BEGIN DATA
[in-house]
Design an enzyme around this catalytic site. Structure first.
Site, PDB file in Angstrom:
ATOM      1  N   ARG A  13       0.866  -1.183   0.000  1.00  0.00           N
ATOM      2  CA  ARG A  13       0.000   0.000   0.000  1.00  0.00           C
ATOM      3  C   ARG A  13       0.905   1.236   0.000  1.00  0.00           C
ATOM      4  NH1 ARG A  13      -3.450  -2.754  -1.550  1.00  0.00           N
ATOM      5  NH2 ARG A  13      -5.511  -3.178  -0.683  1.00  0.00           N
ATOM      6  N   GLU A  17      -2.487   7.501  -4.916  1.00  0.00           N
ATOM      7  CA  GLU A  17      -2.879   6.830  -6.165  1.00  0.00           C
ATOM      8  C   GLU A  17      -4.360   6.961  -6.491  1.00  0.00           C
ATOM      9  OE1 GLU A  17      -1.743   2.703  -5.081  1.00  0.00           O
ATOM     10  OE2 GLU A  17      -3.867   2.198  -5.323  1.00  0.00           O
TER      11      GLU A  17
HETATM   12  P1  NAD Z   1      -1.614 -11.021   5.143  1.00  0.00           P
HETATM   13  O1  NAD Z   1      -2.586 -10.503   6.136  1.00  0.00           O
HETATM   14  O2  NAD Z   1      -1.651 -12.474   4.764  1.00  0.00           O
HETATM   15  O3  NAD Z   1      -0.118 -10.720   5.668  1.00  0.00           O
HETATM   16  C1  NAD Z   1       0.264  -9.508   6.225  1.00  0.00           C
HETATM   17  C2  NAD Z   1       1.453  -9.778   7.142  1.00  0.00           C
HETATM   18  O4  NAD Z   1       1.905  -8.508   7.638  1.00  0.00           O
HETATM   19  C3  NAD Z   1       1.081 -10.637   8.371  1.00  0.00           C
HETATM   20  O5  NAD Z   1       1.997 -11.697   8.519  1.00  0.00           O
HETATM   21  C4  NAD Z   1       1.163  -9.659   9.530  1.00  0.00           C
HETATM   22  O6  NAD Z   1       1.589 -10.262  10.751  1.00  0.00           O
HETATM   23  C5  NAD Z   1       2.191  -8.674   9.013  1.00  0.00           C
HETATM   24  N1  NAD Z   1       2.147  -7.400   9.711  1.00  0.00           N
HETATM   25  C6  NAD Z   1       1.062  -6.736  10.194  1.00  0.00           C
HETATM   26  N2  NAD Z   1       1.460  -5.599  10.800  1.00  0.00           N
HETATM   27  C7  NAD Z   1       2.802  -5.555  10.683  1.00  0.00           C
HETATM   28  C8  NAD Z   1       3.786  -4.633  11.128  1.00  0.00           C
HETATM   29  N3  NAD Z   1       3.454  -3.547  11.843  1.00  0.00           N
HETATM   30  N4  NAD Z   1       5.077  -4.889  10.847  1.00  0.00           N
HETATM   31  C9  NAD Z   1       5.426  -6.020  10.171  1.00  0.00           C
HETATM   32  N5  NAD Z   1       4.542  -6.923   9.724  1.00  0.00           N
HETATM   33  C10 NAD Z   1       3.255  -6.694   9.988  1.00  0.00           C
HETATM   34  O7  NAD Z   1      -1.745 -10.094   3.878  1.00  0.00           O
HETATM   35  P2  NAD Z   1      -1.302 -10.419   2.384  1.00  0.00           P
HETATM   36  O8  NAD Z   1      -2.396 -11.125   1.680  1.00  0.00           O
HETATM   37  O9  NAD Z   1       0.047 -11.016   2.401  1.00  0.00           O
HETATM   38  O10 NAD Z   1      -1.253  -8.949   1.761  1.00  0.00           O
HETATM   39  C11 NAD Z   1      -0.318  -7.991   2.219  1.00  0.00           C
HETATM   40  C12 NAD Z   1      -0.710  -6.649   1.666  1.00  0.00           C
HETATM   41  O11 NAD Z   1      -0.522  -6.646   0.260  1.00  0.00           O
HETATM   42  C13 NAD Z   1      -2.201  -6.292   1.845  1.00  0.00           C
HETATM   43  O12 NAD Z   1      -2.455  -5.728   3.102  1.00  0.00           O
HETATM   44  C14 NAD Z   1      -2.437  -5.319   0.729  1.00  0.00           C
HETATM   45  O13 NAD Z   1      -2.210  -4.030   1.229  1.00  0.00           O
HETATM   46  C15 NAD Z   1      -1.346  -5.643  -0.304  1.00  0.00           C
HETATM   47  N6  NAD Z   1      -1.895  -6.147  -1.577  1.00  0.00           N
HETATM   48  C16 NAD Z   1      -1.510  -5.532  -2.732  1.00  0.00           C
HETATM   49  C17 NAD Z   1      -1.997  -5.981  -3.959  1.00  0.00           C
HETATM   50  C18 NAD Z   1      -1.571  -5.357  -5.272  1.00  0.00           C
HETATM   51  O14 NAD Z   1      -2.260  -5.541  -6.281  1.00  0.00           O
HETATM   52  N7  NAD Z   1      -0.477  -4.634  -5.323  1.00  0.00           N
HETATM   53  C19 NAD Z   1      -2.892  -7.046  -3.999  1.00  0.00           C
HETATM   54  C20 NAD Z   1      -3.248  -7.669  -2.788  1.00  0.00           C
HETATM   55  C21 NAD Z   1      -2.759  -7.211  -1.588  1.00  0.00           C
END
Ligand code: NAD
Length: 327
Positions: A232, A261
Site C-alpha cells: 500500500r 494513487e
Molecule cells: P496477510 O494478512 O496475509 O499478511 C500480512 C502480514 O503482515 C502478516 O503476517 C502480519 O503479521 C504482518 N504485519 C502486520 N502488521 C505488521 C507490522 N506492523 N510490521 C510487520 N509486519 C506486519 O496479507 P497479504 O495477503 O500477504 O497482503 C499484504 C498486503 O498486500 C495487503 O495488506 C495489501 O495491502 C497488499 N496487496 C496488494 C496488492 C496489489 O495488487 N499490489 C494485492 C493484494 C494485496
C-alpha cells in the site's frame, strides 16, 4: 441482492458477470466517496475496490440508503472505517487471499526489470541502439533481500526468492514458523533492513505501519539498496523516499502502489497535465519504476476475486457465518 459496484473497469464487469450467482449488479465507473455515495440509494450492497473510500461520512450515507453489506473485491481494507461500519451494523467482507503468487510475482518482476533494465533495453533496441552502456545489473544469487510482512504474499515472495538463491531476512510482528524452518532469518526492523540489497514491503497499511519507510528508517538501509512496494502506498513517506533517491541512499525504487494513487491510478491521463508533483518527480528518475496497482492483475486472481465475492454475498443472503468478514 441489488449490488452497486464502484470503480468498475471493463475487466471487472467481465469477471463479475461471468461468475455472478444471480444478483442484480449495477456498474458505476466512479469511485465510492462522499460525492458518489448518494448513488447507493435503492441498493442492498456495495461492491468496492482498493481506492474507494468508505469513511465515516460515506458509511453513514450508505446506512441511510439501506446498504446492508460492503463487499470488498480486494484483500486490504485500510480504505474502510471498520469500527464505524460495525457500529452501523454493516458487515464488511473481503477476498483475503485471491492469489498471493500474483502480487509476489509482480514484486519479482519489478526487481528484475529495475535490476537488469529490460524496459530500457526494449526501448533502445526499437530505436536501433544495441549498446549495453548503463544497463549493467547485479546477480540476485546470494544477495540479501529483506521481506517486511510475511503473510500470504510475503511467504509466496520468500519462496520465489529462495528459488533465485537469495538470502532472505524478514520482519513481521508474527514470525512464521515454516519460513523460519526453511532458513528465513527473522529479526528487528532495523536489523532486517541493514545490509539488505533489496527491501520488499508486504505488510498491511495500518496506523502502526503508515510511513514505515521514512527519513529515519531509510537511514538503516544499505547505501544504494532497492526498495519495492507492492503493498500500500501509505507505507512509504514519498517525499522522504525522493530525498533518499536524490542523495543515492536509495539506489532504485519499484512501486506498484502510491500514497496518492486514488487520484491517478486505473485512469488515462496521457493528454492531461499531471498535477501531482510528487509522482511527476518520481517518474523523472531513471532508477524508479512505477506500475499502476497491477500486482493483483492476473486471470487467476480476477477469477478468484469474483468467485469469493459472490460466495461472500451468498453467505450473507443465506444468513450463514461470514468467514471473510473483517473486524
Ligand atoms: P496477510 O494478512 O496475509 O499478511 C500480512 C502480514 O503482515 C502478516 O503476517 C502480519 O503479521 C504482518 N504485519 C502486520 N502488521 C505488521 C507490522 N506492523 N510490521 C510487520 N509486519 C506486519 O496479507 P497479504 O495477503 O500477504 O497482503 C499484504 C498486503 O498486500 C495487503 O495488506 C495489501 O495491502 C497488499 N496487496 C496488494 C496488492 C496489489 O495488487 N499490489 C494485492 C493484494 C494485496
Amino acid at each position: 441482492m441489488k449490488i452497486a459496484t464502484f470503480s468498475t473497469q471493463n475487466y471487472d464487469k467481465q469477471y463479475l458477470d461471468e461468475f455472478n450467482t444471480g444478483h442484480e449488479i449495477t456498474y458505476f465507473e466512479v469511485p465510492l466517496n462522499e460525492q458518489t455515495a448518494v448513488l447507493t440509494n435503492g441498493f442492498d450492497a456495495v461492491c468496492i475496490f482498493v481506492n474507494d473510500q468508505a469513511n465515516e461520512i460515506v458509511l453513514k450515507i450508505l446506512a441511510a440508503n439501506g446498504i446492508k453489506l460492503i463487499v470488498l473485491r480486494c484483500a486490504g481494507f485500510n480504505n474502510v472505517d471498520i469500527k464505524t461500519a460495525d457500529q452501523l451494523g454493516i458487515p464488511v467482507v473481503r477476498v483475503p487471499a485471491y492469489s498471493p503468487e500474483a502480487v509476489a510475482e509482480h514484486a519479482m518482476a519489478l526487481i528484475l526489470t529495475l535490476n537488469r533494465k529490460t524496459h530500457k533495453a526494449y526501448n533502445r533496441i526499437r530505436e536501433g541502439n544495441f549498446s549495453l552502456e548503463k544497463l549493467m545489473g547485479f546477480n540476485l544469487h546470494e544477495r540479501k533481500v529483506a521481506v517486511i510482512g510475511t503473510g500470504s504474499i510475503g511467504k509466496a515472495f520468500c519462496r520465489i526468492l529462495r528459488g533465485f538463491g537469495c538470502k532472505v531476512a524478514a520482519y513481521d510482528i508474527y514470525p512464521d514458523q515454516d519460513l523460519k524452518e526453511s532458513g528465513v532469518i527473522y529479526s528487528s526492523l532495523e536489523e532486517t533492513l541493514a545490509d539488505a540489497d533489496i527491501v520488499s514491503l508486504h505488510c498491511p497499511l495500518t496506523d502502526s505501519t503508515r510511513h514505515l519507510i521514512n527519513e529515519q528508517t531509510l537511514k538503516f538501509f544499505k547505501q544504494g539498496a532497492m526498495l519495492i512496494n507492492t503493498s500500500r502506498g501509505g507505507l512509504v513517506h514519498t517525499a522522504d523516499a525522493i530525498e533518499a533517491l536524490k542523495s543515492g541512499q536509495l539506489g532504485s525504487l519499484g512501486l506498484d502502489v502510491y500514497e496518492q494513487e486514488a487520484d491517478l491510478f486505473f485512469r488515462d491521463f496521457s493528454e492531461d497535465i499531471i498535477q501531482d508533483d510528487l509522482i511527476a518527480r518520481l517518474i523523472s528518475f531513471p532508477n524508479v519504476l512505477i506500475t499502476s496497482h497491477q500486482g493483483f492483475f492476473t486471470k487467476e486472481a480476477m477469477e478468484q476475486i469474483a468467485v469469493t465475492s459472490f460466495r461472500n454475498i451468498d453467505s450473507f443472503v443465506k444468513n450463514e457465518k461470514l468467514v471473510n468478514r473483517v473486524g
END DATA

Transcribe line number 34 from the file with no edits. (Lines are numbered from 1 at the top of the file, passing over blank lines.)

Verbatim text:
HETATM   31  C9  NAD Z   1       5.426  -6.020  10.171  1.00  0.00           C